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This precious house—my house!—this room, these walls, this bed, are all familiar, but I’m not. I’m the stranger who makes everyone uncomfortable. Three months in the hospital and a precisely but savagely excised brain have tweaked my personality the way a potion tweaked Jeckyll into Hyde. I’m clothed in the same skin as my healthy former self and fit the same clothes, but I’m no fit for this place, my house, not yet. I eat, I breathe, digest, pass food, none of them without help, none without humiliation. Whatever I used to be proud of, . . . . My wife resembles her photos by the bed except in the eyes, which used to say For better! and which now wonder, Could this get worse? But she’s the same. My children too. They enter the room like scolded pets and finger the bedclothes and stare at the muted TV, not at their dad. They tell me what I want to hear: I’ve turned them into liars. Except for giving in, or giving up, there’s no remedy for outliving an illness. But Melissa didn’t know me as I was. She sees what is. She knows just what to make of clients like me and forgives me. The intimacies she performs are out of reach for those who have always loved me, services that would break their hearts. The genius of Melissa is to make my care appear like washing the dishes. She doesn’t love me, I think, except in that way that good souls think pain is noble and rage is prayer, which is to say, she loves the trouble I’m taking to get back to my self. And with her help, if I survive, I’ll own this house again and be the parent and husband I was.
The Deputy Assistant has died for an analogy. Some will recall four years ago his boss, the Minister of Health and Family Welfare, boldly revived the discredited effort to eradicate polio from the provinces west and south of the capital—bold because several children had been paralyzed by the vaccine given to protect them. Those precious souls with their bent frames were the statistical necessity of a cure for the world, but they were pathetic, and no matter what the Deputy Assistant said, their parents were impossible to answer. For several seasons after that, whole provinces of five-year-olds had closed their mouths against the disreputable sugar cube. An ambivalent man might have been daunted; instead, the Minister wept for an audience at the new sanitation plant, but warned that an excess of love for the stricken few unfortunates would cripple thousands of children. His Deputy was moved as well but understood the numbers better. Only one child would be stricken for every three million successfully dosed. “It is as if,” he told the Minister, and the comment has cost him his life, “to banish the scourge to oblivion, you sacrificed your three sons.” The details of how he fulfilled his accidental prophecy are appalling, and there is evidence he tried to sabotage it, but the clarity of the plan is as strict as a gem. In the capital today, the Deputy Assistant has eaten a phosphine tablet and died. The job is two-thirds done now, new cases are rare, and the Minister’s third son travels with him to the regions of greatest concern, where skepticism of the vaccine might nullify the nation’s triumph over disease. The boy stands straight and tall alongside his brothers in their chairs, and the locals decide for themselves the extent of the Minister’s nerve.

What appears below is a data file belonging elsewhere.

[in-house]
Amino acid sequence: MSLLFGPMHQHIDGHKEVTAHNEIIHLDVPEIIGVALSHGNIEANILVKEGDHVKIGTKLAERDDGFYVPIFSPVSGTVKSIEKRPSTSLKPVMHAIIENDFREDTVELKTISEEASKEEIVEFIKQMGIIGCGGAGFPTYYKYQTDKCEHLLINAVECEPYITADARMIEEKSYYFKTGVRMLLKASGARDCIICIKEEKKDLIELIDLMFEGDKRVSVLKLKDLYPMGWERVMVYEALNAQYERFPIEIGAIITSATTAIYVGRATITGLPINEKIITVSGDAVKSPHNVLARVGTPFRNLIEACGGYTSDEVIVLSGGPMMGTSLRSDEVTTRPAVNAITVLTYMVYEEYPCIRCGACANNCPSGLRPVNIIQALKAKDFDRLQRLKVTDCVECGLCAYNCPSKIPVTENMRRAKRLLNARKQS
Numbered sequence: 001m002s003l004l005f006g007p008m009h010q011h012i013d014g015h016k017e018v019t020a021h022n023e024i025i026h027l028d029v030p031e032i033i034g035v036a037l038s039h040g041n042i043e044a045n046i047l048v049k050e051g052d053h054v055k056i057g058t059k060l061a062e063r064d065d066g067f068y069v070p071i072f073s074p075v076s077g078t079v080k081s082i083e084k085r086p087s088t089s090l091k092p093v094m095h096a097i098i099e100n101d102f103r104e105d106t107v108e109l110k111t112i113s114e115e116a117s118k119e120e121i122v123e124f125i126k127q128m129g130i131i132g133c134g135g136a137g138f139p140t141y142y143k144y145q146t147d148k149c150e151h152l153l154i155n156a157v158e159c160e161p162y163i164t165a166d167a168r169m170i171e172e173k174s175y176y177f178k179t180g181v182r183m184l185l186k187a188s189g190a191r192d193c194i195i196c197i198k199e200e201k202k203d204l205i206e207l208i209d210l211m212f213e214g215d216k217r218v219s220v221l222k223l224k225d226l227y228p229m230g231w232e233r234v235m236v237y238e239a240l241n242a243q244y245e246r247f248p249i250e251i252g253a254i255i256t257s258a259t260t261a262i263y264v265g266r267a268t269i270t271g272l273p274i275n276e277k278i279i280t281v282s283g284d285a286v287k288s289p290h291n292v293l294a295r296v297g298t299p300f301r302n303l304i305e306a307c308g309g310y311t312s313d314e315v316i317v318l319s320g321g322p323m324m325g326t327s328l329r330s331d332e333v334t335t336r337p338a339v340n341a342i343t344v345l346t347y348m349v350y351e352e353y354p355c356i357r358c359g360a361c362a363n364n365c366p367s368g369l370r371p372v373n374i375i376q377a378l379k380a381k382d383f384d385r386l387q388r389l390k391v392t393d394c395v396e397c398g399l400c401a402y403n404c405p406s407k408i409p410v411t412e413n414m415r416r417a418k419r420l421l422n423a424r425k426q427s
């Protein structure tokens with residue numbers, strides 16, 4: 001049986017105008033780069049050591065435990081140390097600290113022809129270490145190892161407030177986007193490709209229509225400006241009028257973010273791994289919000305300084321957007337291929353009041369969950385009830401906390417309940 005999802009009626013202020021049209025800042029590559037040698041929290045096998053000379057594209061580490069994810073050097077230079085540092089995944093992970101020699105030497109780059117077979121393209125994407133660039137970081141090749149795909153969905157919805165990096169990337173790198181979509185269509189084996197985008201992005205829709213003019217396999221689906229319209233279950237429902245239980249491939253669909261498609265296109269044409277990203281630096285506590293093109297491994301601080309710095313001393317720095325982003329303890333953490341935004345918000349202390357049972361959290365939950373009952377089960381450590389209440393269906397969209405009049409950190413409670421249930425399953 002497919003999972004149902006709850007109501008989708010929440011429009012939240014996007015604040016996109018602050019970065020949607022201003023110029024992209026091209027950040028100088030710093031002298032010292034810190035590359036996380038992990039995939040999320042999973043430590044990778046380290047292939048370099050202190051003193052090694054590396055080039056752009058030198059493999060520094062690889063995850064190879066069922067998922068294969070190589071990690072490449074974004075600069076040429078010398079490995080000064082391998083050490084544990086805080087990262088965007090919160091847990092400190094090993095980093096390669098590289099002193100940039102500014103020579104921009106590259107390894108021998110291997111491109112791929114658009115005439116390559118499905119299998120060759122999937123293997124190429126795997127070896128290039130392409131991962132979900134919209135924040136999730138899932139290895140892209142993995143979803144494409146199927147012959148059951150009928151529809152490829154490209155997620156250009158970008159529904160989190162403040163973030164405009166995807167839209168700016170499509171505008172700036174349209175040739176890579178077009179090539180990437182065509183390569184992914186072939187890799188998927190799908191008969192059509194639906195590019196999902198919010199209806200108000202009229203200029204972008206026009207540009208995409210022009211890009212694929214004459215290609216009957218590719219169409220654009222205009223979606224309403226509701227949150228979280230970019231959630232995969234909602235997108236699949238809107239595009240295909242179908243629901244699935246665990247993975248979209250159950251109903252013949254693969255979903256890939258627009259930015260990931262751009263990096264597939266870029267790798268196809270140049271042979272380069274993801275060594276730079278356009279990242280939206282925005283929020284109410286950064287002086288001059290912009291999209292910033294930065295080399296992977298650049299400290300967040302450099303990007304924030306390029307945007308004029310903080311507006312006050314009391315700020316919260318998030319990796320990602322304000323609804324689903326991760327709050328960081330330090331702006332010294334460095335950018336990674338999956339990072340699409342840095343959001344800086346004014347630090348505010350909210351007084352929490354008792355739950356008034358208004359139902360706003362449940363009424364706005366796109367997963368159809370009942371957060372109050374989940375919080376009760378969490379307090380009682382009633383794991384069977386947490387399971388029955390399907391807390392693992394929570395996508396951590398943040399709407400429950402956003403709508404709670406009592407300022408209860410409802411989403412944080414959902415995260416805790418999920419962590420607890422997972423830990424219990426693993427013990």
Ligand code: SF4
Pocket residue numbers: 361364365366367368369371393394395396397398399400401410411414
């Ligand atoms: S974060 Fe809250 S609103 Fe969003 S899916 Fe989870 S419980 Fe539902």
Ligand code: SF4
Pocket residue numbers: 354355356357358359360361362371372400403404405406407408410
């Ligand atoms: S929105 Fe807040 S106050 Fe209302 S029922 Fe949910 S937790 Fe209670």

This work by davidbdale is licensed under a Creative Commons Attribution-Noncommercial-No Derivative Works 3.0 United States License.
Based on a work at davidbdale.wordpress.com.
I bought the newspaper out of pity before I boarded the local. It felt thin, and looked like nothing new. I swiped my card near the fare box and at the same time watched myself do so on a monitor showing me from behind, shot by the camera above the door. Read the rest of this entry »
I owe the Xuuxu my life but no gratitude. Once they flushed us from our valley and stood us naked, side by side in the long grass under the sickle moon, lowlands clansmen that the colonists favored Read the rest of this entry »
The water flows both ways through the tunnel of love, depending on which rusty lever I force! Like life, this tacky carnival ride with its soggy boats bobbing in a curving trough is not a circle but a figure-eight, or an eighty-eight, that doubles back and gives us second chances Read the rest of this entry »
Although I could be fired for asking out loud, your city council have all been wondering if other towns are shrinking too, and if so, what’s being done to stop the trend or reverse it. Read the rest of this entry »
He’s not always easy to see. I can be talking to him in my room on a rainy afternoon with the radio playing and sharing a blueberry pie, and my dad will open the bedroom door and Deuce’ll be gone and it looks like I’m eating a pie by myself and talking to the radio. Read the rest of this entry »
Some of my stuff I want to keep after I’m dead, but Ariel can pick out three things from my toy-box, not three of the same things, like not three ponies, or not even two insects, but a pony and an insect and a piece of furniture would be good, and she can ride my bike when she’s big enough. Read the rest of this entry »
We boys had a club in the attic of Mitchell’s garage, the whole time I knew him and until he disappeared. We had handshakes and irrelevant passwords to guard against infiltration attempts that sadly never occurred. Read the rest of this entry »
Before it grew too big to lift, the hospital could have moved to a better neighborhood or invested in its neighbors. Instead it pushed out handymen and cleaning ladies and street hawkers like my uncles Read the rest of this entry »